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Dream Wheel

Edward G. Gauthier | Mike S. Young


I awoke, sat up and realized that the circular platform I was on was floating high above mountains and under a high cloud. I had no idea how I got there and I don’t know how it just hovered there like that. Two others were there already, Utina and Paul. They immediately wanted to know my story, especially what I’d been dreaming. I told them that I had been in my jail cell, alone, sleeping and my dreams were the nightmares I always had, of combat. My outpost had been overrun by Afghan rebels after more than twelve hours of constant fighting, lots of it hand to hand, bodies everywhere. I was lightly wounded, I thought. My nightmares got so bad that I later tried killing people on the streets of San Diego. SWAT unit stopped me with a tranquilizer dart. I was jailed and went to sleep on the cell bunk. “It’s never ending combat once I fall asleep,” I explained to them.

Suddenly, I heard the whistling incoming of a mortar round. I dragged Utina and Paul into the recessed center of the wheel and told them to get down. Bullets were flying. There was smoke and men running firing weapons. I was sweating and began screaming. I didn’t even have a gun. Utina wrapped her arms around me and said, “I’m here with you” into my ear. Immediately, the bullets stopped, the smoke cleared and all the fighters were gone. The mountains and clouds were back. All was quiet.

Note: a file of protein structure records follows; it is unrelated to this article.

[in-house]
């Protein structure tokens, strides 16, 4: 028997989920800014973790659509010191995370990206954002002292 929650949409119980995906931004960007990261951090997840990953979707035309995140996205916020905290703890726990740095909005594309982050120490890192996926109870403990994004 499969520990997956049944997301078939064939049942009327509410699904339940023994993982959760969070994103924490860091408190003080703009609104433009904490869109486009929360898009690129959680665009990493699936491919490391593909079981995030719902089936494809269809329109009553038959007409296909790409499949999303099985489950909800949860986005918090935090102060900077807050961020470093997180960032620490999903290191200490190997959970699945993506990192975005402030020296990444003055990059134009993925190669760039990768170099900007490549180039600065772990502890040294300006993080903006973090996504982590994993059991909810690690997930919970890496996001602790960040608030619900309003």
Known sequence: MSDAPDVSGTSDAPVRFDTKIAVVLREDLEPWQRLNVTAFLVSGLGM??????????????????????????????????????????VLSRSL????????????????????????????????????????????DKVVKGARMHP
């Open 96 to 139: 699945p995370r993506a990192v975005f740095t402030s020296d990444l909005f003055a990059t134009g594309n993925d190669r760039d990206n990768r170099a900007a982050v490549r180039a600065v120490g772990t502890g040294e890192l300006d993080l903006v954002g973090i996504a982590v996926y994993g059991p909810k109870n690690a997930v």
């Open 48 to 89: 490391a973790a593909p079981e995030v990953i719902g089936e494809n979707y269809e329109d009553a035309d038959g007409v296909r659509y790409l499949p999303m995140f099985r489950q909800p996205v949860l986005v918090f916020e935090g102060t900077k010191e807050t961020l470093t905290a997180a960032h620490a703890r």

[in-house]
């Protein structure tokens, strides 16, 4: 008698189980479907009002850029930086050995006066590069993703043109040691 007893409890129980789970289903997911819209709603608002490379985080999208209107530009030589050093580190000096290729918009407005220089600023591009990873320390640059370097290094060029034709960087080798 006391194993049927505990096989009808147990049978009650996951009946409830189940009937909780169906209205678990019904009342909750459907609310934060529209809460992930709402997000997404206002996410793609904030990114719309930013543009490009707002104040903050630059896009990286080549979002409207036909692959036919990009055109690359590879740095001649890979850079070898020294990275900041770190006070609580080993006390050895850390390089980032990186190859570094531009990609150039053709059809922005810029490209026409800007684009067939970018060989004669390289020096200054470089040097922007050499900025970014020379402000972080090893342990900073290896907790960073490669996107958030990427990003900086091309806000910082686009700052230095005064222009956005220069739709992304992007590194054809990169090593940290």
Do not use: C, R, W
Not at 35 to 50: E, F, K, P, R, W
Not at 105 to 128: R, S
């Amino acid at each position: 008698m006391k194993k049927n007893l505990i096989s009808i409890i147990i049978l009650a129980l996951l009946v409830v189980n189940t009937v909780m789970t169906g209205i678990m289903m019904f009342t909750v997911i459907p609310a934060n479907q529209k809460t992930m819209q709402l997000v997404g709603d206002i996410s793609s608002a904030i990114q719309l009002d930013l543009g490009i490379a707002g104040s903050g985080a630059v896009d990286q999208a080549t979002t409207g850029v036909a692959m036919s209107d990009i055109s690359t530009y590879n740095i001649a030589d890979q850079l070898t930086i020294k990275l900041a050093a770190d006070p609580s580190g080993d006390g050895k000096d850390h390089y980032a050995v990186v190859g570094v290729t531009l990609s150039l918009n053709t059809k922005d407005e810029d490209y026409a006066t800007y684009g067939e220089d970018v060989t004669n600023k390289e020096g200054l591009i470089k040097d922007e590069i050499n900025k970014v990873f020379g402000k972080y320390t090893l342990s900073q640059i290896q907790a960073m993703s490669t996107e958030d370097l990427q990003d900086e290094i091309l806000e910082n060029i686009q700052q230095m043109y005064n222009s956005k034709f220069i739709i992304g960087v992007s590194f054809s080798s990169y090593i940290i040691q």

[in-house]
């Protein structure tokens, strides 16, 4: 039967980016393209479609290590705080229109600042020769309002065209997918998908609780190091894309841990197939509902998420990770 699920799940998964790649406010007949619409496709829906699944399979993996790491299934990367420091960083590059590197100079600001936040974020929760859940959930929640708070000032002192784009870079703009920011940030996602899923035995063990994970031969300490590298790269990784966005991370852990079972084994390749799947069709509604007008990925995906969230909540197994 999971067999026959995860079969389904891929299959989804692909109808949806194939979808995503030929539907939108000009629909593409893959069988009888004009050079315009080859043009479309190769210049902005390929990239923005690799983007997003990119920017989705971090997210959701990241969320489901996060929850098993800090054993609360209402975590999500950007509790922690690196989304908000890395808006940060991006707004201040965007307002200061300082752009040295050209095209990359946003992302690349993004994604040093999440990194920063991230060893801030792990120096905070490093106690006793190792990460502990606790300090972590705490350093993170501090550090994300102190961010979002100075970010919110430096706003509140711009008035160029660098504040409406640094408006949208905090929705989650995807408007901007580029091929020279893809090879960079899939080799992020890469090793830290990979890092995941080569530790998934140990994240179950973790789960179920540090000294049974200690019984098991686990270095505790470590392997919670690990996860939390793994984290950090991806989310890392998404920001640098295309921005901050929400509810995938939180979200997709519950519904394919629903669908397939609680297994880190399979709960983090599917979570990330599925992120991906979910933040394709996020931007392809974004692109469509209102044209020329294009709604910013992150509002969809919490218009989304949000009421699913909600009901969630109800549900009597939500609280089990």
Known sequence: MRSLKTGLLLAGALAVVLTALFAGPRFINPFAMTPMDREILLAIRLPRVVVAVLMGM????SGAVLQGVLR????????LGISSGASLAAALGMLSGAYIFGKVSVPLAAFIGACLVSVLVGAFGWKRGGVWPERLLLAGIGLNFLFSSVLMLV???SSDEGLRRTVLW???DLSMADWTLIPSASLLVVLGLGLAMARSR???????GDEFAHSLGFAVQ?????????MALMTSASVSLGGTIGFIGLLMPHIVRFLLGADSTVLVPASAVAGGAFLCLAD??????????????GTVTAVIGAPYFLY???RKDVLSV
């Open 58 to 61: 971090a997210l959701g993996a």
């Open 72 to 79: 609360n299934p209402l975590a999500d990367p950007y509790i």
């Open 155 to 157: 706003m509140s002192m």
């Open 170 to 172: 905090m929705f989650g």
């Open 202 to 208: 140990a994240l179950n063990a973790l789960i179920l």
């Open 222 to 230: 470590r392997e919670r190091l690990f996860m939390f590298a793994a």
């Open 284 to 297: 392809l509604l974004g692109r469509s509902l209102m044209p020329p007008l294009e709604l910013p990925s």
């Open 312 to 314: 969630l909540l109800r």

They explained that our dreams controlled the wheel we were on. These two had just experienced my combat nightmare. We rested a moment, then I saw that Paul wore a long desert robe from a different tribe than those of Afghanistan.


Paul told us he had been traveling to Damascus by horse with warrants to arrest the followers of the ‘way’. They were to be taken back to Jerusalem to be tried for blasphemy. Just outside of Damascus, a great light came out of the sky, unhorsing him. When he spoke these words, the wheel abruptly shifted under us and light blazed in from every direction. We protected our eyes. I couldn’t look up but I saw Paul reach up with his hands and speak to someone in the air. He begged not to be killed. He grabbed his head and shouted that he had not realized. Begging for mercy for himself and the others traveling with him, he knelt and prayed, then prostrated himself saying he would serve forever. He repeated the name Ananias of Damascus who would baptize him. Slowly, the light dissipated. Utina and I crawled to him and asked if he was all right. He rose to his knees, shaking. His pupils unfocused, he could not fix his gaze on anything. We helped him lean back against the sloped wall of the recessed center. Paul, saidthe light spoke to him and changed him from Saul, his old self, to the Paul we knew. His vision returned after a while. Utina asked if he often dreamed of the light. He said he dreamt of nothing else. His dream always made him relive the great change again.